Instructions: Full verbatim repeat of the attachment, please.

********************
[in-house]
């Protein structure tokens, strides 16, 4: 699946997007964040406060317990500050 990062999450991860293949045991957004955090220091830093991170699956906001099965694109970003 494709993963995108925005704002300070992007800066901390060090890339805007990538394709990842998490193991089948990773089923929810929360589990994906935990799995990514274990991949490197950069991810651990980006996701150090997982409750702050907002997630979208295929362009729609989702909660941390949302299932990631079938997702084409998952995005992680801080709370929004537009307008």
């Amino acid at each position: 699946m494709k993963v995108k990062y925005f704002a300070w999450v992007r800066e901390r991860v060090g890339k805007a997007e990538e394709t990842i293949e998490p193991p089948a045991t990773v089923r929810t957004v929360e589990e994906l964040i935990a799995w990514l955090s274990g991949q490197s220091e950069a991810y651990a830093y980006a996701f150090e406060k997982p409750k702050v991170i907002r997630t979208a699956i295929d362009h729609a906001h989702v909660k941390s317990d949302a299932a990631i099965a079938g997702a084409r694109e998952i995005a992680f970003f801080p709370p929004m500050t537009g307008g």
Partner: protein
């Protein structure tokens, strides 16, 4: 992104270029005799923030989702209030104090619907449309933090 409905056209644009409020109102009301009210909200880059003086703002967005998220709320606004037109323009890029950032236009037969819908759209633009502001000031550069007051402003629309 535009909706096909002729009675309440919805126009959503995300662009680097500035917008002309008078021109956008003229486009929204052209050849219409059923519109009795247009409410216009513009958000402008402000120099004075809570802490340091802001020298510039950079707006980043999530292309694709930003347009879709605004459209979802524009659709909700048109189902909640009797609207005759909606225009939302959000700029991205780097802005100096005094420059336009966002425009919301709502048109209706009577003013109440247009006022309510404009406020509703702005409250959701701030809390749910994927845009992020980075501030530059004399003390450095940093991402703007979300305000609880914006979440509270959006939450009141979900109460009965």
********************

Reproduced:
[in-house]
């Protein structure tokens, strides 16, 4: 699946997007964040406060317990500050 990062999450991860293949045991957004955090220091830093991170699956906001099965694109970003 494709993963995108925005704002300070992007800066901390060090890339805007990538394709990842998490193991089948990773089923929810929360589990994906935990799995990514274990991949490197950069991810651990980006996701150090997982409750702050907002997630979208295929362009729609989702909660941390949302299932990631079938997702084409998952995005992680801080709370929004537009307008």
């Amino acid at each position: 699946m494709k993963v995108k990062y925005f704002a300070w999450v992007r800066e901390r991860v060090g890339k805007a997007e990538e394709t990842i293949e998490p193991p089948a045991t990773v089923r929810t957004v929360e589990e994906l964040i935990a799995w990514l955090s274990g991949q490197s220091e950069a991810y651990a830093y980006a996701f150090e406060k997982p409750k702050v991170i907002r997630t979208a699956i295929d362009h729609a906001h989702v909660k941390s317990d949302a299932a990631i099965a079938g997702a084409r694109e998952i995005a992680f970003f801080p709370p929004m500050t537009g307008g």
Partner: protein
């Protein structure tokens, strides 16, 4: 992104270029005799923030989702209030104090619907449309933090 409905056209644009409020109102009301009210909200880059003086703002967005998220709320606004037109323009890029950032236009037969819908759209633009502001000031550069007051402003629309 535009909706096909002729009675309440919805126009959503995300662009680097500035917008002309008078021109956008003229486009929204052209050849219409059923519109009795247009409410216009513009958000402008402000120099004075809570802490340091802001020298510039950079707006980043999530292309694709930003347009879709605004459209979802524009659709909700048109189902909640009797609207005759909606225009939302959000700029991205780097802005100096005094420059336009966002425009919301709502048109209706009577003013109440247009006022309510404009406020509703702005409250959701701030809390749910994927845009992020980075501030530059004399003390450095940093991402703007979300305000609880914006979440509270959006939450009141979900109460009965």